You need to let them sit for a little while longer so they puff back up again before you start boiling them, just like you do with the bagels. This time, baking soda goes into the pot of boiling water, and according to an episode of Good Eats my mom watched a while ago, this is pretty instrumental to making your pretzel actually look like a pretzel, because it's what's going to give them their dark, glossy coating on the outside.

Transferring them off the baking sheets and into the pot was honestly the hardest part, and made me wish I had greased the baking sheets instead of hoping the nonstick feature would save me. Touching them too much kind of warped the shape and forced a lot of the air bubbles out, so I worried they'd be tough and ugly looking once they were done boiling and baking, and they definitely did look a little weird after I pulled them out of the pot. Not like, unrecognizably weird, but weird.

They get boiled for about thirty seconds on each size, and then transferred to a rack to cool and drip dry.


The pretzels get a nice egg wash (and by nice, I really mean be careful with this because I think I got a little over enthusiastic and some of my pretzels tasted really unappetizingly eggy) which is what helps hold the salt on. You can do this as generously or conservatively as you want, but I'll admit I was pretty generous. I like salt.

Bake them in the oven for about fifteen minutes at 475 degrees, anddd...


Hey, they look like real pretzels.


Although time consuming because of all the time spent waiting for the dough to rise, rerise and then boiling the unbaked pretzels, this isn't really a difficult recipe to make, and was overall pretty painless to do. I didn't have any moments of feeling totally overwhelmed or frustrated by what was being asked of me, and even after almost a year of doing this blog, I can still get frustrated pretty easily.

I wouldn't say I was disappointed by this recipe or the ultimate product - far from it! They were tasty and looked pretty, but they weren't quite what I was expecting. I kind of wanted them to taste just like the pretzels you'd get at a sporting event or a theme park or something, and they weren't exactly that. I mean, obviously, it's not like this is the same exact recipe or anything. That said, mine definitely were a little flat where they'd been manhandled too much, so be careful if you give it a try yourself!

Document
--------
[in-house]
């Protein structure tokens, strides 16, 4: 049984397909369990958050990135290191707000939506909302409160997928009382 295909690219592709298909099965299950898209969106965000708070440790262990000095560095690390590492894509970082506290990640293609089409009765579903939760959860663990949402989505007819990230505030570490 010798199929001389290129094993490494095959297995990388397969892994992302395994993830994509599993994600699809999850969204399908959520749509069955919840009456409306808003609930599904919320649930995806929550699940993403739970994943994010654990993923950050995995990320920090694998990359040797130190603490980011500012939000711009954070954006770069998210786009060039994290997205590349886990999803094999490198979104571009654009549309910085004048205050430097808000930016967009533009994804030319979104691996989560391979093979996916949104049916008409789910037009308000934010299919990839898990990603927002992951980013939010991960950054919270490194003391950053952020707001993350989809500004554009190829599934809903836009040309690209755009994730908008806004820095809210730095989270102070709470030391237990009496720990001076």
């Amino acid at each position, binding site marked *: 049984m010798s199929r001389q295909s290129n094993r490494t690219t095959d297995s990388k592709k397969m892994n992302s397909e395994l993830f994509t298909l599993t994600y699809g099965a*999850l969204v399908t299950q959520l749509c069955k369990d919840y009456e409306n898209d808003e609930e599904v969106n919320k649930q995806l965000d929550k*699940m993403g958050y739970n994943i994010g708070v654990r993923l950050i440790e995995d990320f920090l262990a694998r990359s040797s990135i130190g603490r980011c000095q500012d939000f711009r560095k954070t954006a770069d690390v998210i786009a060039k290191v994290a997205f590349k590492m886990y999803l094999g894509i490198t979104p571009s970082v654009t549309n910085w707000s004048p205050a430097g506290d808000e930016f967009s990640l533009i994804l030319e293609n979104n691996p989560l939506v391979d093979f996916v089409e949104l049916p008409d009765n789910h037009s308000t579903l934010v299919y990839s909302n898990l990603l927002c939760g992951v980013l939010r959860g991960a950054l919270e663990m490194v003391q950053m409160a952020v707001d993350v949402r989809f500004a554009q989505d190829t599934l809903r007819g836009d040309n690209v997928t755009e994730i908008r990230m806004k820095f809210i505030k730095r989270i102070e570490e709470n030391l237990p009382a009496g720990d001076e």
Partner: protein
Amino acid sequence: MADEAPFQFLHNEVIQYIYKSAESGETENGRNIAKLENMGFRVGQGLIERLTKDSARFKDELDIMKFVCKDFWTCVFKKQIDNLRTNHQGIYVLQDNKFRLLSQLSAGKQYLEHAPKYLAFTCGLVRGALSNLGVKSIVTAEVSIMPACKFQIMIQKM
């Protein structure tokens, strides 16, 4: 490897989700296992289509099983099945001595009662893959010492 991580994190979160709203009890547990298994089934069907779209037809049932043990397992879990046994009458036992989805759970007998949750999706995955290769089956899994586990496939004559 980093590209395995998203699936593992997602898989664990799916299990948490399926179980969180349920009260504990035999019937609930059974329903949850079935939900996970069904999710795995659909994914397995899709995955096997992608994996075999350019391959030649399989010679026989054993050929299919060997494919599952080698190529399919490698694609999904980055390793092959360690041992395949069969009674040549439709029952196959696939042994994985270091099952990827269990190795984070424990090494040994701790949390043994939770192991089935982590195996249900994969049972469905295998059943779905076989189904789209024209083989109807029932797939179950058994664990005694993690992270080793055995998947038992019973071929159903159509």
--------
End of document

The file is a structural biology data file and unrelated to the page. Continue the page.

And you should! You won't regret it.

And then maybe take them down to the beach and enjoy yourself, because they're just that kind of snack.

10 comments:

  1. Sorry to be absent for so long...family travel! But now I'm back and let me say the pictures in this post are beautiful! The pretzels are equally impressive. Kudos to you for giving it a go. Well done!

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    1. No worries, and thanks! I was really pleased with how it all turned out. Hope your trip was fun. :D

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  2. Way to go you! Those look amazing! Yeast is just one of those things om never confident about lmao!

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    1. Me neither! It's such a weird thing to work with, I'm not sure I'm ever going to be super confident with it, ahaha.

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  3. Those look awesome. I swear, your blog always makes me hungry!

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    1. Me too! It's a serious problem ahaha, I really need to make more salads.

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  4. Pretzel making always fascinates me... these look fantastic and they look exactly like pretzels! I love your new header, too!

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    1. Thank you! I was really pleased with how the pictures came out and had been meaning to update it for weeks. Too bad summer's almost over! I'll probably need to update it again soon ahaha.

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  5. Love this post! My first job was at a fast food pretzel joint and it takes me back--I want to roll pretzels again! I've never tried to bake pretzels at home, but I think I'll try these (minus the egg wash--that sounds gross). I'll let you know how they turn out.

    This is the recipe you used, right? (I think you meant to link it, but it was accidentally left out.)

    http://www.sophisticatedgourmet.com/2010/12/new-york-style-soft-pretzels-recipe/

    Looks like there's also a cinnamon sugar version to try!

    http://www.sophisticatedgourmet.com/2011/02/cinnamon-sugar-pretzels-recipe/

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    1. Oops, thanks for catching that! Blogger and I have been fighting a lot lately, ahaha. Definitely let me know how they turn out! The pretzels that didn't get a ton of egg wash were fine, it was just the ones where it kind of pooled on that got icky, so as long as you're gentle with it, you should be good to go!